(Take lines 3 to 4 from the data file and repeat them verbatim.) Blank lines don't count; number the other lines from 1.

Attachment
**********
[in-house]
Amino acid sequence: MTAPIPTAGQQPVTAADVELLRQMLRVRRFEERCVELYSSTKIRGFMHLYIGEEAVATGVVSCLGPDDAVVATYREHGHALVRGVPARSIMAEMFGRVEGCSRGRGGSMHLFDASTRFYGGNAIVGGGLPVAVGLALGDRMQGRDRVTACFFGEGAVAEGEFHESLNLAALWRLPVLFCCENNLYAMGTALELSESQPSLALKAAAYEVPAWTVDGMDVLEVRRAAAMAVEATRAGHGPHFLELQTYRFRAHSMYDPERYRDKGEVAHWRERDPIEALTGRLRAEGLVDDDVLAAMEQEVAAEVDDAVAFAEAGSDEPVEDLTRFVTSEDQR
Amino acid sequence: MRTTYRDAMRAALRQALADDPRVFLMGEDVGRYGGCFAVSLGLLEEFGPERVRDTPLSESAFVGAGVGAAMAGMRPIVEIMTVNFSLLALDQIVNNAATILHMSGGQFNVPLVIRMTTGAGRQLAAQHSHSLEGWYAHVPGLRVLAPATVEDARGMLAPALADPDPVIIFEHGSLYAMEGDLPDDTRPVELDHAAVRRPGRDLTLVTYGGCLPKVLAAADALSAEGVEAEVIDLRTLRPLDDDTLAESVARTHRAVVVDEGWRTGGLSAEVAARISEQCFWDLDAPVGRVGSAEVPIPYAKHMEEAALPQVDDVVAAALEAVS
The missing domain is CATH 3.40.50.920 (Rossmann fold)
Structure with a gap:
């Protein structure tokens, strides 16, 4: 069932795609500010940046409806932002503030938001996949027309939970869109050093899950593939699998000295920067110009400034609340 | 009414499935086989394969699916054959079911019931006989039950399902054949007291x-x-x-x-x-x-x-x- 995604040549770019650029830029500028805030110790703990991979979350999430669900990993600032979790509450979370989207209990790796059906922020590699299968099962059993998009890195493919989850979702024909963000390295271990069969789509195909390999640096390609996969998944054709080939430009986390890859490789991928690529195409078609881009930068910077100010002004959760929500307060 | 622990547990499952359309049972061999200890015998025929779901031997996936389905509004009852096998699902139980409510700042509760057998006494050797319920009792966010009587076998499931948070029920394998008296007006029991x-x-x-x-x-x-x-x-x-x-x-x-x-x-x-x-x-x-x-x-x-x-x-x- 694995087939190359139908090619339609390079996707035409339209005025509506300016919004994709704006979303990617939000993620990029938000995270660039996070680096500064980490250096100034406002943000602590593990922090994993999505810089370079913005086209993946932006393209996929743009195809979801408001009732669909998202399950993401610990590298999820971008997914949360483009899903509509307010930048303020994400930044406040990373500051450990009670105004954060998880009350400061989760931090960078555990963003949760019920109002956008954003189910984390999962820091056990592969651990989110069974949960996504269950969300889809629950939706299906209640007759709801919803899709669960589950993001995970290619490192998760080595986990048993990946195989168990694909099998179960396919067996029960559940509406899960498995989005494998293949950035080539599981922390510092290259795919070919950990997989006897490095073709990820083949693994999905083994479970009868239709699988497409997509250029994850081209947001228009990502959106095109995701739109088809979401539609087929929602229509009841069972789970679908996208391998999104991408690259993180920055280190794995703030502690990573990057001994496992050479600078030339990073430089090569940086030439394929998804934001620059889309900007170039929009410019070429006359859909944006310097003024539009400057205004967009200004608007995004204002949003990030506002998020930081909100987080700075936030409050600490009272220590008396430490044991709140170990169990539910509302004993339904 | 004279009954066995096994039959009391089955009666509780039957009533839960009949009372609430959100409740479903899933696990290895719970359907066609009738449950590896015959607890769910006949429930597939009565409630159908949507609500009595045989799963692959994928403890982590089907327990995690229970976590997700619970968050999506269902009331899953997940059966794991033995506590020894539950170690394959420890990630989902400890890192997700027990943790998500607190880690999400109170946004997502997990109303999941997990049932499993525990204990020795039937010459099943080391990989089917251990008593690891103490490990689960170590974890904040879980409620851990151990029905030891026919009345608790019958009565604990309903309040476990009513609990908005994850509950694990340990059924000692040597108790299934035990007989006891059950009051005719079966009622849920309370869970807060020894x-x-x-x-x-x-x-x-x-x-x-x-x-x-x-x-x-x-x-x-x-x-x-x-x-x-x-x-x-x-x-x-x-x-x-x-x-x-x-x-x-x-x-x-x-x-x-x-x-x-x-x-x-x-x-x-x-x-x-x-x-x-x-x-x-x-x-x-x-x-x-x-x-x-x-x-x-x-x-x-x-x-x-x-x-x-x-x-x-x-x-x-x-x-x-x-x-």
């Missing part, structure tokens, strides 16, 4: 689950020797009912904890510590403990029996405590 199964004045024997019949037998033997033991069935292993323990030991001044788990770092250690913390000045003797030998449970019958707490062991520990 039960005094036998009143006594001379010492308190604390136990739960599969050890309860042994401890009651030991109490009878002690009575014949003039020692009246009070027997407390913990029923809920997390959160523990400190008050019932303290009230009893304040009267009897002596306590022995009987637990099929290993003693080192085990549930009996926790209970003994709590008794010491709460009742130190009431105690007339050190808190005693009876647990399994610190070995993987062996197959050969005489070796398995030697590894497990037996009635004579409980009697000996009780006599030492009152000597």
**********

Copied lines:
Amino acid sequence: MRTTYRDAMRAALRQALADDPRVFLMGEDVGRYGGCFAVSLGLLEEFGPERVRDTPLSESAFVGAGVGAAMAGMRPIVEIMTVNFSLLALDQIVNNAATILHMSGGQFNVPLVIRMTTGAGRQLAAQHSHSLEGWYAHVPGLRVLAPATVEDARGMLAPALADPDPVIIFEHGSLYAMEGDLPDDTRPVELDHAAVRRPGRDLTLVTYGGCLPKVLAAADALSAEGVEAEVIDLRTLRPLDDDTLAESVARTHRAVVVDEGWRTGGLSAEVAARISEQCFWDLDAPVGRVGSAEVPIPYAKHMEEAALPQVDDVVAAALEAVS
The missing domain is CATH 3.40.50.920 (Rossmann fold)